5.1 All employees, members and any other stakeholder in council services have a vital role in identifying potential fraud or corruption. It is not the responsibility of those groups to investigate their suspicions as this may undermine a case to be pursued but all parties play a key role in bringing such concerns to the council’s attention for a proper and thorough investigation to be undertaken.
5.2 Management are in the best position to become aware of any problems that could indicate fraud or theft etc. Management are also best placed to ensure that systems of internal control are in place and operating and thus are ideally placed to identify weaknesses or failures that may be exploited. Internal audit can provide advice and assistance in this area.
5.3 Employees are also ideally placed to detect fraud, theft or corruption. Employees are encouraged to discuss concerns with their line manager but the whistleblowing policy also provides mechanisms to raise concerns corporately.
5.4 The whistleblowing policy provides a process to enable the council to demonstrate:
- proper investigations for all referrals
- proper action taken in relation to findings from investigations
- feedback is provided to anyone making a referral
- appropriate protection for anyone making or having made a referral.
5.5 Internal audit plays an important role in the detection of fraud and corruption. Included in their annual plan are reviews of system financial controls and specific fraud and corruption tests, spot checks and unannounced visits. Internal audit operates in accordance with best practice including the adoption of a formal audit manual in line with CIPFA best practice. This includes suitable processes to provide assurance to management on the adequacy of systems of internal control including the completion of follow ups for previous recommendations.
5.6 In addition to internal audit, there are numerous systems controls in place to deter fraud and corruption, but it is often the vigilance of employees and members of the public that aids detection.
5.7 In some cases frauds are discovered by chance or ‘tip-off’ and arrangements are in place to enable such information to be properly dealt with, in accordance with the requirements of the Human Rights Act 1998.
5.8 All suspected irregularities are required to be reported (verbally or in writing) either by the person with whom the initial concern was raised or by the originator. This is essential to the policy, and:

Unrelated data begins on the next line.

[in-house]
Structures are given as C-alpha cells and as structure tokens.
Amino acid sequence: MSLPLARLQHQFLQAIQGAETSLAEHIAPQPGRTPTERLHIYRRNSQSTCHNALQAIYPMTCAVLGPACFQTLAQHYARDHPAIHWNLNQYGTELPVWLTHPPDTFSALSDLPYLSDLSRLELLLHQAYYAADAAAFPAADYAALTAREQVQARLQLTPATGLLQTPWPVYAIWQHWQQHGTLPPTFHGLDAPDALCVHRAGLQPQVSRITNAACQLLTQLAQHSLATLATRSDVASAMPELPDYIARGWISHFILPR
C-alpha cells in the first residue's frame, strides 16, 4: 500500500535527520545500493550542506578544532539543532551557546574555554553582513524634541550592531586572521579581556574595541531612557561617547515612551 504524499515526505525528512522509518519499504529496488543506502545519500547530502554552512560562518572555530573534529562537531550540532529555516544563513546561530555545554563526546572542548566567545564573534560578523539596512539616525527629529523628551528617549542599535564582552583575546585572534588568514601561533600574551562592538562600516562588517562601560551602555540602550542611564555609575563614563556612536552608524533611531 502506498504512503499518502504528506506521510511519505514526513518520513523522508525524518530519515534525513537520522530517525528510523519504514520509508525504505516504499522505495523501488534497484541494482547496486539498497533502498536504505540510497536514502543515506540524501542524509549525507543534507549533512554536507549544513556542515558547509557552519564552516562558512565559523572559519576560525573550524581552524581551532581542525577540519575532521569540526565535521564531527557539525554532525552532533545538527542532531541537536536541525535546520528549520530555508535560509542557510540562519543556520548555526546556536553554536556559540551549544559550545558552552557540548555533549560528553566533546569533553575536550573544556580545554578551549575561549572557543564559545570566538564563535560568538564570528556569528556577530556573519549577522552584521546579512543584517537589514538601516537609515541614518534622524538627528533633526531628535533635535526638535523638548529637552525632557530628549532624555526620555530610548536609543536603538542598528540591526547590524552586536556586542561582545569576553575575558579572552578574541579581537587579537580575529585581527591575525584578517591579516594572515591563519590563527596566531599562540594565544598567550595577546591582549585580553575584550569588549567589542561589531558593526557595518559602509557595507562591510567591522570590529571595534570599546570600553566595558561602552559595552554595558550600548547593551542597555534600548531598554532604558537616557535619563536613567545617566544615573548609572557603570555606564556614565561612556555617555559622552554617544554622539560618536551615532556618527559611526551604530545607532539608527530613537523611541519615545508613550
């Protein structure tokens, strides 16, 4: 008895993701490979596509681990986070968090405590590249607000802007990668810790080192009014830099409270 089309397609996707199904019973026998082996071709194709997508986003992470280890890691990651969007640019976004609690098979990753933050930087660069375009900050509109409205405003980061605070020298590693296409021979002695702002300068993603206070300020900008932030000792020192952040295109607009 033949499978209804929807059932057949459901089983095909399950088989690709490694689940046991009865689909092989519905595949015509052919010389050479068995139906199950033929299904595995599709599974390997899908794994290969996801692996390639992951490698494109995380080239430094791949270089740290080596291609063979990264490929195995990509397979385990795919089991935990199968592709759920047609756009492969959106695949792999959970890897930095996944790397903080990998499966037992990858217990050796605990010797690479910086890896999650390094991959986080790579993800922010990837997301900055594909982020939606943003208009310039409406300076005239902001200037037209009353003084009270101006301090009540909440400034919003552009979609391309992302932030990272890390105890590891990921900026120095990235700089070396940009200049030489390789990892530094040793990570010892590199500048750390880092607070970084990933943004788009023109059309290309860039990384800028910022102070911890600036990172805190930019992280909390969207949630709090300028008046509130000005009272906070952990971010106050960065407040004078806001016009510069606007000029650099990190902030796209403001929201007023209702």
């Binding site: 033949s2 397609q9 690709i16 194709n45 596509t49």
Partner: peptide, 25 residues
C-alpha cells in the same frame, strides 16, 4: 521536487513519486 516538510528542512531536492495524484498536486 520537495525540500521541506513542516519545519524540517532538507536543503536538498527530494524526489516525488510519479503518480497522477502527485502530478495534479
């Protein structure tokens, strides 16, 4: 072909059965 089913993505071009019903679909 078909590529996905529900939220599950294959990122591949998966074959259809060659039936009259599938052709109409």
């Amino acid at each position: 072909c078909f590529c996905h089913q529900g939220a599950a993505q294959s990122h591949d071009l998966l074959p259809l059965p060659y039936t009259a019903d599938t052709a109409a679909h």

- ensures the consistent treatment of information regarding fraud and corruption
- facilitates a proper and thorough investigation by an experienced audit team, in accordance with the requirements of the Human Rights Act 1998.
5.9 This process will apply to all the following areas:
- fraud/corruption by elected members
- internal fraud/corruption
- other fraud/corruption by authority employees
- fraud by contractors’ employees
- external fraud (the public).
5.10 Cases may be referred to the council’s external auditor and the executive head of business relationship management and democracy for consideration of action via the police or the standards committee.
5.11 In accordance with basic legal concepts any person who witnesses or discovers a criminal act has the right to refer concerns directly to the police.
5.12 Any decision to refer a matter to the police will be taken by the CIA in consultation with the head of HR and learning and/or chief executive and relevant executive head of service. The authority will normally wish the police to be made aware of, and investigate independently, offenders where financial impropriety is discovered.
5.13 Depending on the nature of an allegation under b) to e), the CIA will normally work closely with the executive head of service concerned to ensure that all allegations are thoroughly investigated and reported upon.
5.14 The authority’s disciplinary procedures will be used to facilitate a thorough investigation of any allegations of improper behaviour by employees. The processes as outlined in paragraph 4.4 will cover members.